Shoe-leather costs reconsidered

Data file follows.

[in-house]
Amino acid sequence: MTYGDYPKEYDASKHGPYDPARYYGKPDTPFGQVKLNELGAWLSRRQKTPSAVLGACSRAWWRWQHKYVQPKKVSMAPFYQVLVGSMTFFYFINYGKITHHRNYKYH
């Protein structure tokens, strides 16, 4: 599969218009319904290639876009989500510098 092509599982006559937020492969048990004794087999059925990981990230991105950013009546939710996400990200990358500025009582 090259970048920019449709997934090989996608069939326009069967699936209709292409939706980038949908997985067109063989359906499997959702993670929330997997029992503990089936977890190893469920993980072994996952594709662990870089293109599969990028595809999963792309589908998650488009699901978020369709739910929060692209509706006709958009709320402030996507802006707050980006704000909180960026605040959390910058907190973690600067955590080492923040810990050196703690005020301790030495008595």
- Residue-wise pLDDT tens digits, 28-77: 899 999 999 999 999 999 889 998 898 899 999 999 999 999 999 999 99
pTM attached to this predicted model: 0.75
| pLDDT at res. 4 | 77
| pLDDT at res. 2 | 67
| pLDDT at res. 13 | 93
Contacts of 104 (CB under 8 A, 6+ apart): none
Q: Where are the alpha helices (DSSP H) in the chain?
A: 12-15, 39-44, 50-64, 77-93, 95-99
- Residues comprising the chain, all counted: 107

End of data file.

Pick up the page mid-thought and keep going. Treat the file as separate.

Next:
It has recently been suggested by Robert Lucas that `shoe-leather' costs of inflation may amount to as much as 1% of GNP in the United States. This paper assesses the UK evidence for the period 1970-1994. Similar estimates to those of Lucas are found using his original specification, but a preferred functional form using a semi-log interest elasticity of demand for money reveals a 0.22 % of GNP gain in perpetuity following a sustained fall in nominal interest rates from 6% to 2%.
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